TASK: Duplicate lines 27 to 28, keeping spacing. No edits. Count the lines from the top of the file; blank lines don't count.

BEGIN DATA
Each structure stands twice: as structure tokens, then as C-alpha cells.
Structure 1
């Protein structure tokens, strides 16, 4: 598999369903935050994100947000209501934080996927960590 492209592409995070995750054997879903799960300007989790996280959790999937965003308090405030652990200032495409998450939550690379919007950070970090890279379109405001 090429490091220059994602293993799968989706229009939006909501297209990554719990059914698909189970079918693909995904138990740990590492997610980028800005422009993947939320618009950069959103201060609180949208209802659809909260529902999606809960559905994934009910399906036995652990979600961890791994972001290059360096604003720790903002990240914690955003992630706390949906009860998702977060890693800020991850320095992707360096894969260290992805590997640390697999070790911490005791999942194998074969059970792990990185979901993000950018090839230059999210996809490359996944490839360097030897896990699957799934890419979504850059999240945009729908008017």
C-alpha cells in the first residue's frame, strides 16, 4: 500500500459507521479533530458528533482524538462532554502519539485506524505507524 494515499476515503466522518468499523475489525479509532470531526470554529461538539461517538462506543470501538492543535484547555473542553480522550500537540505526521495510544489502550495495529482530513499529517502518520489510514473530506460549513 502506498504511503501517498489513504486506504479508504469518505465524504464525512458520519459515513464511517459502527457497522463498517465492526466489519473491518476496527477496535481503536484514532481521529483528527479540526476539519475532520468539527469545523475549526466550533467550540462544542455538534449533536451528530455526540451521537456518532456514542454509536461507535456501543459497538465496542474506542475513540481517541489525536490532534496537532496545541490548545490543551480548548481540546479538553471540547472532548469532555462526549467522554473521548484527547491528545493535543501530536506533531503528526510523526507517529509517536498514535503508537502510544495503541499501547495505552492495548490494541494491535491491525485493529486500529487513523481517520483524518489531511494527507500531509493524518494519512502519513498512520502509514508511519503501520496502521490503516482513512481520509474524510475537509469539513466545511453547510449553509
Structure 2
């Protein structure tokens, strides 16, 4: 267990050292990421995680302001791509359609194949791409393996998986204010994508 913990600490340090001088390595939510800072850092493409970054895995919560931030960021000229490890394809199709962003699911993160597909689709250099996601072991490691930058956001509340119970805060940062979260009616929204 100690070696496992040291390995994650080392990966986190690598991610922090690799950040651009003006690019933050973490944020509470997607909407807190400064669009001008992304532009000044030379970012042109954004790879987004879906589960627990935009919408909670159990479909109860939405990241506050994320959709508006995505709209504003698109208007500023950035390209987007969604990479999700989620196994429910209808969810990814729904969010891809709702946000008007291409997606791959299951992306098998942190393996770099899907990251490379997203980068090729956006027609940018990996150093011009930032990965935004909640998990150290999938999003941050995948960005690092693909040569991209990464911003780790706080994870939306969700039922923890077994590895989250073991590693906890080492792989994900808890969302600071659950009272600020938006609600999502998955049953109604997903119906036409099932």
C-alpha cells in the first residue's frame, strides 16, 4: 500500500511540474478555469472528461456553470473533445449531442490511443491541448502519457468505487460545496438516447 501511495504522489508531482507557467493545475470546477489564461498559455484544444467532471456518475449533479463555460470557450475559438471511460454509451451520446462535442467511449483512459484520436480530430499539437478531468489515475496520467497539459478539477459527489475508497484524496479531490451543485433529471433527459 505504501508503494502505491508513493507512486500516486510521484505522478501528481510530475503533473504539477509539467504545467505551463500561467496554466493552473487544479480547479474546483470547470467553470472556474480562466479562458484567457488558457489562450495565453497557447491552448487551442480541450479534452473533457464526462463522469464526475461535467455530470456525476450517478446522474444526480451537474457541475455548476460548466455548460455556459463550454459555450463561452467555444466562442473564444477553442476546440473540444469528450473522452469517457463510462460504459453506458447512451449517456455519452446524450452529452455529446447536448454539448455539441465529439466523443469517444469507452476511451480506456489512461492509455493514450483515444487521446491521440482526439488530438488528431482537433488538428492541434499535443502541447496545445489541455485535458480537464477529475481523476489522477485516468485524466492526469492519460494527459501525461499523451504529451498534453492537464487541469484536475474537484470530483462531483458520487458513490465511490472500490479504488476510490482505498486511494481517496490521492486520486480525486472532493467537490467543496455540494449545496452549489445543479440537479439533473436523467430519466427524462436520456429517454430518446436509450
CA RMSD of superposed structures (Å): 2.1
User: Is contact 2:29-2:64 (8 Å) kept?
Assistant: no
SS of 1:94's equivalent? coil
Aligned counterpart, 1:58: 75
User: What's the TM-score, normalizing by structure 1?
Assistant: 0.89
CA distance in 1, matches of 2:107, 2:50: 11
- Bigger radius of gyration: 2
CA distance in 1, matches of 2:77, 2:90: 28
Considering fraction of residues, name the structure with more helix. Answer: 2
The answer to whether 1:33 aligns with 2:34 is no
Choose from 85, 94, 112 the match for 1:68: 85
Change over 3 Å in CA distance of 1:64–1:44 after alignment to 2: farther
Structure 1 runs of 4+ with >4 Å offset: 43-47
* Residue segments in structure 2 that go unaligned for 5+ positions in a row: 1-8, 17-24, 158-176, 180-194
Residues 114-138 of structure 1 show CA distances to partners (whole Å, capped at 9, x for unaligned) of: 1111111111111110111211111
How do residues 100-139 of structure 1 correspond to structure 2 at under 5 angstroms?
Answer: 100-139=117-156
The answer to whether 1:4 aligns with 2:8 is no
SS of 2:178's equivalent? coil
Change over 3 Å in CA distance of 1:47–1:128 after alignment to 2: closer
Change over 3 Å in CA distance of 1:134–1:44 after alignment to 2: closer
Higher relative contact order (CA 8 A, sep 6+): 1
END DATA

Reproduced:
The answer to whether 1:4 aligns with 2:8 is no
SS of 2:178's equivalent? coil